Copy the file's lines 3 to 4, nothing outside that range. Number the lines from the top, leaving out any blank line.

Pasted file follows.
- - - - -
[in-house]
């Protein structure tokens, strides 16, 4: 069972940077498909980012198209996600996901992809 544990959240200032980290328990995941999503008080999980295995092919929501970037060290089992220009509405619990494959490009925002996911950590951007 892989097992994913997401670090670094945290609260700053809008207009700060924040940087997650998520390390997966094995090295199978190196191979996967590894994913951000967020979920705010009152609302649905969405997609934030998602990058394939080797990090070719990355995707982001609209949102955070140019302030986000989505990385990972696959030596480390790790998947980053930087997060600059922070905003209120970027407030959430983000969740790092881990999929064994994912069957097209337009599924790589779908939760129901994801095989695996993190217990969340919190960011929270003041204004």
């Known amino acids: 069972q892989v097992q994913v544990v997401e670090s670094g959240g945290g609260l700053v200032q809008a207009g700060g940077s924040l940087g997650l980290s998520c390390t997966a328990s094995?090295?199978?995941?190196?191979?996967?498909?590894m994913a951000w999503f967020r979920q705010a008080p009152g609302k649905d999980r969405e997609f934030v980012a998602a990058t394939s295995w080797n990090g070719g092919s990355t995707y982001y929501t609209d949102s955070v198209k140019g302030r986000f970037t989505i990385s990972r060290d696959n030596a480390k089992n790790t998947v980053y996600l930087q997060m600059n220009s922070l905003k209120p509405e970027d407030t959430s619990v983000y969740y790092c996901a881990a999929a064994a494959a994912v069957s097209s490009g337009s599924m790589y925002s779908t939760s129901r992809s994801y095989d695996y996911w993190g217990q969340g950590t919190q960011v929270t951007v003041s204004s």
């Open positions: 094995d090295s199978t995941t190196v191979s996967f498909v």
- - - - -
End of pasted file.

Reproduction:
């Known amino acids: 069972q892989v097992q994913v544990v997401e670090s670094g959240g945290g609260l700053v200032q809008a207009g700060g940077s924040l940087g997650l980290s998520c390390t997966a328990s094995?090295?199978?995941?190196?191979?996967?498909?590894m994913a951000w999503f967020r979920q705010a008080p009152g609302k649905d999980r969405e997609f934030v980012a998602a990058t394939s295995w080797n990090g070719g092919s990355t995707y982001y929501t609209d949102s955070v198209k140019g302030r986000f970037t989505i990385s990972r060290d696959n030596a480390k089992n790790t998947v980053y996600l930087q997060m600059n220009s922070l905003k209120p509405e970027d407030t959430s619990v983000y969740y790092c996901a881990a999929a064994a494959a994912v069957s097209s490009g337009s599924m790589y925002s779908t939760s129901r992809s994801y095989d695996y996911w993190g217990q969340g950590t919190q960011v929270t951007v003041s204004s």
């Open positions: 094995d090295s199978t995941t190196v191979s996967f498909v």